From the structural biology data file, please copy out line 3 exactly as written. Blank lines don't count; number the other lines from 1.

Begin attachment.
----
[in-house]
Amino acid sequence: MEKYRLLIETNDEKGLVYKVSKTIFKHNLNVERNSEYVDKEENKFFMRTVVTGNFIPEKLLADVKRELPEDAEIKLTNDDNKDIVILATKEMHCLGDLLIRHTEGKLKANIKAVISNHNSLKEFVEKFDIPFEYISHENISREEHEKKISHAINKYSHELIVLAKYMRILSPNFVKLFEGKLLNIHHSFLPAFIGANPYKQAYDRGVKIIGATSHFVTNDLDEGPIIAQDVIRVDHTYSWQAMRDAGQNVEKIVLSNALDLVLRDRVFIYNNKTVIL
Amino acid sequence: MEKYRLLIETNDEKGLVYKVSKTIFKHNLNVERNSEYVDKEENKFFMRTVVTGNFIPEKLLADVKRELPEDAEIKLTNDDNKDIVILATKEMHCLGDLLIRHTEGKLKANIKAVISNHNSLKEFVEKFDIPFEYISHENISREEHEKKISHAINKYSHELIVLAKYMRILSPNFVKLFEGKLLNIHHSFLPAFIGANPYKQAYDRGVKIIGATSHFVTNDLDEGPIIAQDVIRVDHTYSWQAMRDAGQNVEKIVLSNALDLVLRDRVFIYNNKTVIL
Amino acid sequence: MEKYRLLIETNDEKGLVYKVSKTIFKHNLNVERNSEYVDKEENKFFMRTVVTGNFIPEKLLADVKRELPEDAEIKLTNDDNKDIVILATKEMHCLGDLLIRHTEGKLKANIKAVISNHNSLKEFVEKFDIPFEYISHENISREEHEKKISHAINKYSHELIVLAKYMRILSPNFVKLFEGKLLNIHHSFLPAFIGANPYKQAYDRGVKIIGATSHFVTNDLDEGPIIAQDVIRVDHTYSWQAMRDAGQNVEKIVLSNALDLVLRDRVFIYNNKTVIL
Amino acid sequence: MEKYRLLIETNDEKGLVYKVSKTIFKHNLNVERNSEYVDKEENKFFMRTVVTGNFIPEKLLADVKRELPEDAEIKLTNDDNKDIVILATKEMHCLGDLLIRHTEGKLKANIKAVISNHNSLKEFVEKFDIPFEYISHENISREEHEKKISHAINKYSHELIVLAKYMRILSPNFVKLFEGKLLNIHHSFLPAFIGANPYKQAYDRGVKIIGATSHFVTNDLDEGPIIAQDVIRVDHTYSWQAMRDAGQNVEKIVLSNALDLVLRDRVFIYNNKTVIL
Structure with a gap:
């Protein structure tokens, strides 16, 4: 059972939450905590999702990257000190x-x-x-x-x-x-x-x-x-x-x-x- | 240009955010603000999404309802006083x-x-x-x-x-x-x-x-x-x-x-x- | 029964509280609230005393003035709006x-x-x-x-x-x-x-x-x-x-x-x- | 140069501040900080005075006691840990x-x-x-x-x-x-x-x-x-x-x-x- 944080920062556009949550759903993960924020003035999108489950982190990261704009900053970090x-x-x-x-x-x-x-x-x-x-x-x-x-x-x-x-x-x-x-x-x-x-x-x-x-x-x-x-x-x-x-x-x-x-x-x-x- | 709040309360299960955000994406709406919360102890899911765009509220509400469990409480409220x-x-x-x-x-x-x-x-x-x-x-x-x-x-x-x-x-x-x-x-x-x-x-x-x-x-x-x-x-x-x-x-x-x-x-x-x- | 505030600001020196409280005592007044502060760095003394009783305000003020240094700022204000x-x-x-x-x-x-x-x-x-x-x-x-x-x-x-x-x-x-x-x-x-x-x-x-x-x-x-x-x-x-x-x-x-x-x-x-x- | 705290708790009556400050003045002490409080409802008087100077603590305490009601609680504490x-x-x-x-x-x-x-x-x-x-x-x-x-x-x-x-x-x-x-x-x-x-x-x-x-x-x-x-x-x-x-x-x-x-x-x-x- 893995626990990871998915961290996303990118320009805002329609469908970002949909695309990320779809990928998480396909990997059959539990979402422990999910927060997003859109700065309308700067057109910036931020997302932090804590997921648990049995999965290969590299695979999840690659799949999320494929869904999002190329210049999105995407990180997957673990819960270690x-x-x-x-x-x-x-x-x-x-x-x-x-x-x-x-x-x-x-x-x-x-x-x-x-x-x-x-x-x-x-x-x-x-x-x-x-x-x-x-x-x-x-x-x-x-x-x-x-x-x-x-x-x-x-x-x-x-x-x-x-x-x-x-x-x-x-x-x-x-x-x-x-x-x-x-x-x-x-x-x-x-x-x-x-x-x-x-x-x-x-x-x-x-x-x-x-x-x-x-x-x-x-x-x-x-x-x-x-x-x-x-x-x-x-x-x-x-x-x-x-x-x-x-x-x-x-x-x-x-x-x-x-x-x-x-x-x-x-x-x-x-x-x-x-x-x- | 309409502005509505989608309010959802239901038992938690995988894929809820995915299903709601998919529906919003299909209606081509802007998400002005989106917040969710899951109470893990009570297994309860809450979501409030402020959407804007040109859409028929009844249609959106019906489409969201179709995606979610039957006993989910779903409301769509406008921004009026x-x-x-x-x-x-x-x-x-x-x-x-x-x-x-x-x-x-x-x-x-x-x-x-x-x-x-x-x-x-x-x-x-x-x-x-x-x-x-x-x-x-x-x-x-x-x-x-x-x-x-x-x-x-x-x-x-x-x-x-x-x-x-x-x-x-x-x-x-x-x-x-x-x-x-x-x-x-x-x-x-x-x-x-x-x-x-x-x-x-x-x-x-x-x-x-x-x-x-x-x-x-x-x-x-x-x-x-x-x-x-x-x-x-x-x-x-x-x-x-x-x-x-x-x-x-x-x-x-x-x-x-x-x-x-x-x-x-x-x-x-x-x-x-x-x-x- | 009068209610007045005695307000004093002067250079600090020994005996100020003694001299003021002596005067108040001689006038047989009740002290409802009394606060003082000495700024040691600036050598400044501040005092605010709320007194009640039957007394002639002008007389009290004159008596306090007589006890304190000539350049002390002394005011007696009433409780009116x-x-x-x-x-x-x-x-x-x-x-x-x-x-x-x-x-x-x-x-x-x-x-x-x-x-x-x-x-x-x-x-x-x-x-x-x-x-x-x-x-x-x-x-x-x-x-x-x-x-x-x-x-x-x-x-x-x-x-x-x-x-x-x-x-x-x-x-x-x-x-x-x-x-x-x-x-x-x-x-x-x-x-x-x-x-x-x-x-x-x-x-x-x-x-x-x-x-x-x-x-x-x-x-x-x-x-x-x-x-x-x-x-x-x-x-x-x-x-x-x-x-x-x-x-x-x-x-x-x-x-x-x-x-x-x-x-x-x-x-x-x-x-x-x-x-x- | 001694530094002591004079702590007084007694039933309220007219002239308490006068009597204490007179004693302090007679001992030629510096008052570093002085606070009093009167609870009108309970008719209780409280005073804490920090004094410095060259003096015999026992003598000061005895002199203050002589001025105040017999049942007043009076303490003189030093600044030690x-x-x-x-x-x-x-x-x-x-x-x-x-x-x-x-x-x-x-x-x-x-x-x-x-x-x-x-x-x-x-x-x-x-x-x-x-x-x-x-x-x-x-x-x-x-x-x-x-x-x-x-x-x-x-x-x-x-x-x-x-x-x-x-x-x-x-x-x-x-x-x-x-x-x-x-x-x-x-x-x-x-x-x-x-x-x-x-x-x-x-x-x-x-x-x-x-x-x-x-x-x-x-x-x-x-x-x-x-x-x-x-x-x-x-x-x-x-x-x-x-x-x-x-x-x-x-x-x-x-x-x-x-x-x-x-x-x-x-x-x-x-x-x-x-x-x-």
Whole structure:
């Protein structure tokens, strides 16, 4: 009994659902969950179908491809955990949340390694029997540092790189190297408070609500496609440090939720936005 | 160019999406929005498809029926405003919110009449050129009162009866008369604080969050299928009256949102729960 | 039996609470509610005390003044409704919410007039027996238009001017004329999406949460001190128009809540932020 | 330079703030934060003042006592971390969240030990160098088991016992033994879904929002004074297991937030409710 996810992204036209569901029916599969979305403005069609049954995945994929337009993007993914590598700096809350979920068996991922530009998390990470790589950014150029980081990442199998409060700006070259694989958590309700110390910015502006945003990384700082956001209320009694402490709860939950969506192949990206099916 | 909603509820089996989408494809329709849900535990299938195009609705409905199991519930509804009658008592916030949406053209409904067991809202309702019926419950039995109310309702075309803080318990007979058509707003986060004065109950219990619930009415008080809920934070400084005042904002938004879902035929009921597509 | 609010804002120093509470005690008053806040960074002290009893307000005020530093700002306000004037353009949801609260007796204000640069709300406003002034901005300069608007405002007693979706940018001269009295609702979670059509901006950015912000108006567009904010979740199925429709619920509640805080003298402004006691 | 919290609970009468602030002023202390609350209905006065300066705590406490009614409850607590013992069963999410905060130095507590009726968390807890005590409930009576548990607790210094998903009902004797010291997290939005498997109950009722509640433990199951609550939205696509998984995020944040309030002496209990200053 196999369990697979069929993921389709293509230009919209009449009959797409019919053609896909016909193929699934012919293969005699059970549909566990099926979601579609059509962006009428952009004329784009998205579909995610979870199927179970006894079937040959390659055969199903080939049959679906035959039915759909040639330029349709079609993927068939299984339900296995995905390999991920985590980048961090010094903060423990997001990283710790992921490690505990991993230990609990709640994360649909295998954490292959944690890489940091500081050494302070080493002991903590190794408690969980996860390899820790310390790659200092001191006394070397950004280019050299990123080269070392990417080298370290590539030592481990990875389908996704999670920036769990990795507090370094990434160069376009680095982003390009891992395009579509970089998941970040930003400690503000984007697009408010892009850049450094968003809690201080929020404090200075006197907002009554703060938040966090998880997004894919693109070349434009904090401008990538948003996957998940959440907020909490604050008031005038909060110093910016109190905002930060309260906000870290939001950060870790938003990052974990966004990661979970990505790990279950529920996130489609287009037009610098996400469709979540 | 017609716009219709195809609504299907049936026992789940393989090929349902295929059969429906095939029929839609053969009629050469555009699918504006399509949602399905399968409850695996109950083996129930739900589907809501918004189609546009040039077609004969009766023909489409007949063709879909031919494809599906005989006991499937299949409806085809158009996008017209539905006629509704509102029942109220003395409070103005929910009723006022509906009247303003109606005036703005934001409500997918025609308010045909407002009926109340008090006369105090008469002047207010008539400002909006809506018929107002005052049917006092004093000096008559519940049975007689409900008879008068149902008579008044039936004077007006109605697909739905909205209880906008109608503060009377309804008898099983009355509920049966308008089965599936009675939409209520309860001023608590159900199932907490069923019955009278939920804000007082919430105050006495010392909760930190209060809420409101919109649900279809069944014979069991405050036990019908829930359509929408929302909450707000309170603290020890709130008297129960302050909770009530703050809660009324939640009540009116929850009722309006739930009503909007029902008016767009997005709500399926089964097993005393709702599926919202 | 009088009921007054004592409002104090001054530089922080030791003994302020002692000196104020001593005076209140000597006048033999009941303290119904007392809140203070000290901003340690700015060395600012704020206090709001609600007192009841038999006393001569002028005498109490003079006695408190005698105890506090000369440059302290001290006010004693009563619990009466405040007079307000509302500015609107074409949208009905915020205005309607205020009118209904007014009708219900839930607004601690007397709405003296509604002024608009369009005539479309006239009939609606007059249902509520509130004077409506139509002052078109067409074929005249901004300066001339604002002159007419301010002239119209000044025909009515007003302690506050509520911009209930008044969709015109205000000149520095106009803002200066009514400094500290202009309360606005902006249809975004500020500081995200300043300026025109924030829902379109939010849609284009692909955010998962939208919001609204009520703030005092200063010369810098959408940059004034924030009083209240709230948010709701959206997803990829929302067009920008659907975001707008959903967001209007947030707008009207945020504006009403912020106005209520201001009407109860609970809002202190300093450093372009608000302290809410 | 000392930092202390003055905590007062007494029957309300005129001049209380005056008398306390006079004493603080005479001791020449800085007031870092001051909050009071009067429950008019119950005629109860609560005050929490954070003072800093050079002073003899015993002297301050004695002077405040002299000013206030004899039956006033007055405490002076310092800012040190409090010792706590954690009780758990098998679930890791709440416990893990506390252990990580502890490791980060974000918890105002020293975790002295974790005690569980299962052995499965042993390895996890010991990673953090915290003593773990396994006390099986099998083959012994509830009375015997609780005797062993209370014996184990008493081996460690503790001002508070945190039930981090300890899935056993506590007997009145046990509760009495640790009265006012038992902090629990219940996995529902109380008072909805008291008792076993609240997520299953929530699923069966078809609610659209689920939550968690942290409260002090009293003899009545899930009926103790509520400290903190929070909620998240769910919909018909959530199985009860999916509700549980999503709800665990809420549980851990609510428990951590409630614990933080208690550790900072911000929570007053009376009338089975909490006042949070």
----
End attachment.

Amino acid sequence: MEKYRLLIETNDEKGLVYKVSKTIFKHNLNVERNSEYVDKEENKFFMRTVVTGNFIPEKLLADVKRELPEDAEIKLTNDDNKDIVILATKEMHCLGDLLIRHTEGKLKANIKAVISNHNSLKEFVEKFDIPFEYISHENISREEHEKKISHAINKYSHELIVLAKYMRILSPNFVKLFEGKLLNIHHSFLPAFIGANPYKQAYDRGVKIIGATSHFVTNDLDEGPIIAQDVIRVDHTYSWQAMRDAGQNVEKIVLSNALDLVLRDRVFIYNNKTVIL